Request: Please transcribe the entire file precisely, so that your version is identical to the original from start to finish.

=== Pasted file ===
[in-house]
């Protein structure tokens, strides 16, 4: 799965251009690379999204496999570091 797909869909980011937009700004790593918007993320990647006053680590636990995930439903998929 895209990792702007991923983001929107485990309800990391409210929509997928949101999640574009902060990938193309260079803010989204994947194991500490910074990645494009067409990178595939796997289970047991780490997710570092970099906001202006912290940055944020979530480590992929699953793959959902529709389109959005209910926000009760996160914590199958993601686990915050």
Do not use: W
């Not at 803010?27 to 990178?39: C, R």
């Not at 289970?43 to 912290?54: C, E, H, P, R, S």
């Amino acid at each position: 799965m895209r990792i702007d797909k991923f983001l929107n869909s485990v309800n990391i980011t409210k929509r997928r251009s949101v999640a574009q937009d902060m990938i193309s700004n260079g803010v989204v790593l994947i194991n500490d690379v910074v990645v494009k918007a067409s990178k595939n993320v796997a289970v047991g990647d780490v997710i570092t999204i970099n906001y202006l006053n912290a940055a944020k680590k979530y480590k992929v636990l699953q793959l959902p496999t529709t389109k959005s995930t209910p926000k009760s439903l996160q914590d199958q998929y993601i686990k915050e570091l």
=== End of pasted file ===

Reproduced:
[in-house]
């Protein structure tokens, strides 16, 4: 799965251009690379999204496999570091 797909869909980011937009700004790593918007993320990647006053680590636990995930439903998929 895209990792702007991923983001929107485990309800990391409210929509997928949101999640574009902060990938193309260079803010989204994947194991500490910074990645494009067409990178595939796997289970047991780490997710570092970099906001202006912290940055944020979530480590992929699953793959959902529709389109959005209910926000009760996160914590199958993601686990915050």
Do not use: W
């Not at 803010?27 to 990178?39: C, R």
């Not at 289970?43 to 912290?54: C, E, H, P, R, S």
């Amino acid at each position: 799965m895209r990792i702007d797909k991923f983001l929107n869909s485990v309800n990391i980011t409210k929509r997928r251009s949101v999640a574009q937009d902060m990938i193309s700004n260079g803010v989204v790593l994947i194991n500490d690379v910074v990645v494009k918007a067409s990178k595939n993320v796997a289970v047991g990647d780490v997710i570092t999204i970099n906001y202006l006053n912290a940055a944020k680590k979530y480590k992929v636990l699953q793959l959902p496999t529709t389109k959005s995930t209910p926000k009760s439903l996160q914590d199958q998929y993601i686990k915050e570091l």